panning for gold

Pan Gallery's first exhibition is a group show that promises a vertiable who's who of Melbourne ceramicists... including works by Alistair Whyte, Andrew Widdis, Anne-Marie Plevier, Barbara Van Oost, Chris Plumridge, Judith Roberts, Lene Jakobsen, Kevin Boyd, Katie Jacobs, Phil Elson, Sandra Bowkett and Wendy Reeve this will be a great opportunity to check out Northcote Pottery's new digs and what looks to be a great new exhibition space.

Judith Roberts

Barbara Van Oost

Katie Jacobs

Ever the last minute attendees we've just realised that the opening is tonight! between 6-8pm with guest speaker Chris Sanders, so we'll be dropping everything to get there.

Pan Gallery @ Northcote Pottery 142-144 Weston St Brunswick East.



We don't normally use our beloved blog to make political statements but this week we feel compelled. The ladies of HML would like to come out in public support of Australian artist Bill Henson. Yes we do find his work confronting, sometimes distasteful and always challenging. We don't find his work pornographic or exploitative. Adolescence is a troubling and sinister time even more so now when female role models are train wrecks and Australia's Next Top Model is on in prime time. We've reached a very dark point in our cultural history when it is acceptable for police officers to go marching through art galleries. Once these images hit Today Tonight they were so out of context we were almost defenseless in the face of uneducated public scrutiny. This is why we've chosen not to put one of the contentious images on the blog - it's not the right context for viewing the work.We encourage you to write, as we have, to our lame Arts Minister who has been completely silent on the subject. 'Beds are Burning' indeed....



go nuts!

We LOVE Jonathan Adler and long for the day he opens his first signature retail outlet in Melbourne because we're sick to death of the slim pickings on offer here when we can clearly see from his online store (which does NOT post to Australia by the way) that there are hundreds of items we could be filling our homes with... One of his latest works is this fabulous squirrel ring box which combines not only our favourite natty tailed woodland creature but also its favourite food - the acorn. We salute you Jonathan, yet another stroke of genius.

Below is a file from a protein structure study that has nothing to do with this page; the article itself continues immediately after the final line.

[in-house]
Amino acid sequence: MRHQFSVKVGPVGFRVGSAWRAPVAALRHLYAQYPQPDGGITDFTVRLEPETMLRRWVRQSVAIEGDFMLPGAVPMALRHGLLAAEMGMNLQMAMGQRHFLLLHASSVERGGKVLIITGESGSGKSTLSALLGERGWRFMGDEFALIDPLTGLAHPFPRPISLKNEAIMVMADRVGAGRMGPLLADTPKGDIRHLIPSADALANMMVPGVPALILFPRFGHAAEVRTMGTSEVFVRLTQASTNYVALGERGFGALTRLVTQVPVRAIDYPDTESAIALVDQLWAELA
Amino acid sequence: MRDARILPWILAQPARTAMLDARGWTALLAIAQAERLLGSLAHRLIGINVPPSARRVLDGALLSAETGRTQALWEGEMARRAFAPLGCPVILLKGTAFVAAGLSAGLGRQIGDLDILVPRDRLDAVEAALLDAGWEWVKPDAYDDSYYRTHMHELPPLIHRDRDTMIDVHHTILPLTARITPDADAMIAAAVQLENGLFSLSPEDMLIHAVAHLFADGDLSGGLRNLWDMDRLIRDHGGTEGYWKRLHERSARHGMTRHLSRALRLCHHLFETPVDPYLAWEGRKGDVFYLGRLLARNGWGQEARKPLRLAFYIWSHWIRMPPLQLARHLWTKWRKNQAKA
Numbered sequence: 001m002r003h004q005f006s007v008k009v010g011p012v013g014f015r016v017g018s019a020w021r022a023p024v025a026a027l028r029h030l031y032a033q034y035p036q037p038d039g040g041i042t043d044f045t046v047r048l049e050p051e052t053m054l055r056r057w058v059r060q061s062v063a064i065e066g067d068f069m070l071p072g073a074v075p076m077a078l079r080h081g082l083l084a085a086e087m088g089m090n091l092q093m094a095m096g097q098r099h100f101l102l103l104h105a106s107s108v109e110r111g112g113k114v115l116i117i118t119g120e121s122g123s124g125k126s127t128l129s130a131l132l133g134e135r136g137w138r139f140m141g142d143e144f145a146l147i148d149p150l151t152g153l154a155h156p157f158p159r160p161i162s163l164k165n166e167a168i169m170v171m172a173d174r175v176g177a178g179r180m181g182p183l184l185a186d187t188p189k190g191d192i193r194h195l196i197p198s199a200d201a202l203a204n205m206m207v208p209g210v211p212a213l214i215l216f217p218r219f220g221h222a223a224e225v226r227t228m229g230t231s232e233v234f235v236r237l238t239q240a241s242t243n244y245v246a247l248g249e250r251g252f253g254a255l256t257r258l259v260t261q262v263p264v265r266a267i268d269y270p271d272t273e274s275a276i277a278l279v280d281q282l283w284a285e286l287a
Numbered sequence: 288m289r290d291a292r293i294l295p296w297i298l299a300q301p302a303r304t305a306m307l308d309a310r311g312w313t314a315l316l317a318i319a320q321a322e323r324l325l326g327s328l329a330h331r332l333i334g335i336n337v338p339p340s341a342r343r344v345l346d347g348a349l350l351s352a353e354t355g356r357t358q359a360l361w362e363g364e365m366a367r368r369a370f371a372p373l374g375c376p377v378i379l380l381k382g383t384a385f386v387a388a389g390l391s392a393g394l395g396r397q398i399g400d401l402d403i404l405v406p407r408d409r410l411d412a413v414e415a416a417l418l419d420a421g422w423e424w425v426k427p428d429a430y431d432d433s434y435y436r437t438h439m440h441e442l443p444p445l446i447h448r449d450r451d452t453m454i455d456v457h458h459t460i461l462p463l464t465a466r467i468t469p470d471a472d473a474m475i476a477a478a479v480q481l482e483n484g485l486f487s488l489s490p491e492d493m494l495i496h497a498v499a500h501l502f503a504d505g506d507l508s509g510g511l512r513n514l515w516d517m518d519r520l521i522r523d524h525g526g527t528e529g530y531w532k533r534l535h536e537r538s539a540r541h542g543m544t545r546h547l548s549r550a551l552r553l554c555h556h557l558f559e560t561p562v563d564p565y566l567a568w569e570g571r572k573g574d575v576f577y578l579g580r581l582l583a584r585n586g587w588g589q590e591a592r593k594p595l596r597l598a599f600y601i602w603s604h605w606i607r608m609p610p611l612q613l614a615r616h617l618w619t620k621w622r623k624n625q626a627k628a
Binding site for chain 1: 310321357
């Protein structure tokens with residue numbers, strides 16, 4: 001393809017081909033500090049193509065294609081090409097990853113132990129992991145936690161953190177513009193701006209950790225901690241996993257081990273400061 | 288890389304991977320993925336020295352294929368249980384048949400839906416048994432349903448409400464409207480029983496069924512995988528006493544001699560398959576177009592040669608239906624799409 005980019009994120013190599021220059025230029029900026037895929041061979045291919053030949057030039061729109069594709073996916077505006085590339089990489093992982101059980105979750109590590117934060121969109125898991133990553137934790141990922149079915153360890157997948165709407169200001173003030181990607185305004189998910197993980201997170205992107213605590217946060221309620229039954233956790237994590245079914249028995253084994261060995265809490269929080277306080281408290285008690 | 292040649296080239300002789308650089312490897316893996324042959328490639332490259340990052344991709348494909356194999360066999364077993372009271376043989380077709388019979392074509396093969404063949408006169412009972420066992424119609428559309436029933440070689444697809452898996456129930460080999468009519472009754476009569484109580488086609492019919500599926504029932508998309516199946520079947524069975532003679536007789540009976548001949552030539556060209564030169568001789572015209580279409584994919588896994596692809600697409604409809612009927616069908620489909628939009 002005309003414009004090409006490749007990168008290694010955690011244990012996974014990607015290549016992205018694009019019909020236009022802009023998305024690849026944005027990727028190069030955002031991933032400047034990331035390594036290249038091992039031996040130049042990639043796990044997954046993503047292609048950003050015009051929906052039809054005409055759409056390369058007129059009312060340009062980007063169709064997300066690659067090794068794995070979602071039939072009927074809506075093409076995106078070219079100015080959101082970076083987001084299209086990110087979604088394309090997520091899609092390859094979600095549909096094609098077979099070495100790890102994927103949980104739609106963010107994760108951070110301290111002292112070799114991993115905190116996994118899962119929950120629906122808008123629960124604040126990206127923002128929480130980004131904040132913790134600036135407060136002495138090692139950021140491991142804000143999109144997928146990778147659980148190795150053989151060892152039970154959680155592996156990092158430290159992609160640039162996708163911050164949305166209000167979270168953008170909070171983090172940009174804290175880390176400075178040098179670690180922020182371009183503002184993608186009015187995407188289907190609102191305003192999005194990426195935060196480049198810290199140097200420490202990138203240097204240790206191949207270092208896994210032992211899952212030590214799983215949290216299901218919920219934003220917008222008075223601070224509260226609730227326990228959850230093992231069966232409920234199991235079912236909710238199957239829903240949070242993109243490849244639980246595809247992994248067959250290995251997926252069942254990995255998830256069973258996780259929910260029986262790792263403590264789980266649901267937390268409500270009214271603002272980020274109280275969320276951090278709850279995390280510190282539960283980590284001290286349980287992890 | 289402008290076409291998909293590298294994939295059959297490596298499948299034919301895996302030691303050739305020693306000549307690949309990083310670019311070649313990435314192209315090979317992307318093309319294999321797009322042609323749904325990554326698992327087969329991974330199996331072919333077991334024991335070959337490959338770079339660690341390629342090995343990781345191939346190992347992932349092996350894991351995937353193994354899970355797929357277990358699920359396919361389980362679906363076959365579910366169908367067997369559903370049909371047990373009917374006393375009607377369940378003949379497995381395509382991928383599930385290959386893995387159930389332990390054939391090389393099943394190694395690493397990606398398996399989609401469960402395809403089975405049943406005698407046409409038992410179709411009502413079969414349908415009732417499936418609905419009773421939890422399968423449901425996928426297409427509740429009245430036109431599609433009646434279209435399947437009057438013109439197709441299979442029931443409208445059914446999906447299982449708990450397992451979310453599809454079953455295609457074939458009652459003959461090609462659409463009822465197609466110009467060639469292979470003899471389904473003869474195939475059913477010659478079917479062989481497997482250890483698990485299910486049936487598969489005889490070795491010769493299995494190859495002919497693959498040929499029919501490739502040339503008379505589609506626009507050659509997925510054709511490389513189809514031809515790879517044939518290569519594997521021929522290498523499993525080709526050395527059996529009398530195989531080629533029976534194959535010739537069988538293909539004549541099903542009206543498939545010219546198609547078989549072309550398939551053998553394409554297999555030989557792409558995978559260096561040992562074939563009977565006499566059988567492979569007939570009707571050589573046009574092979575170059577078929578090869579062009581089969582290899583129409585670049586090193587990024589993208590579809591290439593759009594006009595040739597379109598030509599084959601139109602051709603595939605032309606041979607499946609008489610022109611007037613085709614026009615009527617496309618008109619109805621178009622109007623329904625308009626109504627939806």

hot potato hot potato
Umbel Ballits by Dylan Martorell
The official description of Umbel Ballits states that it is "an overlay of responses to the underlying structure of sound and botanic form featuring hand drawn scores, performances and an evolving installation of plant based sound sculpture" and of course Dylan's exhibition is all of the things it says on the packet, but it's also curious, playful, inspiring and displays an excellent appreciation of the absurd. In a meeting of sound and botany Dylan has created weed music for a post deadhead generation.
Rather than being too tied to conceptual construction Dylan's work has always left space for accidents, room for error and remains the most contemporary of craft because despite it's outfitting as avant guarde 'fine art' at it's heart all of it ultimately has to do something, it all has a purpose, form and function and it works.
There is, however, a significant difference between Umbel Ballits and Dylan's past stream of consciousness soundworks : he has said of this project that he needed to teach himself how to read and write music in order to construct the intricate diagrammatic 'scores' that illustrate the space like a cross between sonic space maps and geometric string art patterns from the 1970's, and he has used the rules and regulations inherent in creating these reproducible scores to great visual and conceptual effect.
The juxtaposition of the plant materials, shanty town construction aesthetic and the highly ordered sonic diagrams perfectly articulate Dylan's effortless straddling of high and low art, pop culture and fourth world mythology, technology and nature. Think Sun Ra plays a gamelan version of "What Plant is That?" and you'll get somewhere close to where it's at.
Umbel Ballits is on at Craft Victoria from the 22 May until the 28th of June. And in case you were wondering, Dylan's hit pick for 'potato of the week' is the Dutch Cream - in stores now.



swatch city
Who knows. Could be good. Prices starting from $10 a metre doesn't sound too cheap to us (the ladies of hml are big fans of the cotton drill for $3 at spotlight) and we aren't 100% sure where all this 'vintage' is coming from. that being said we'll be there Saturday morning elbowing people out of the way to get to the good bits.


beer of the week

First a disclaimer: no unborn children were exposed to the delights of Murray's Sassy Blonde Beer. The beverage was served at the Historian's birthday dinner and we were so taken with the label we thought HML readers would get a kick out of this hand crafted illicit drink!
Who can resist an Australian crest refigured with a beer drinking roo and emu? Or the claim that the beer has a glamour all of its own? And of course we are completely won over by Murray's claim to be a 'craft' brewing company.
We also have it on medical advice that a cold one is fine when you are breastfeeding - something about molecules being big. Somehow we think we're going to need one...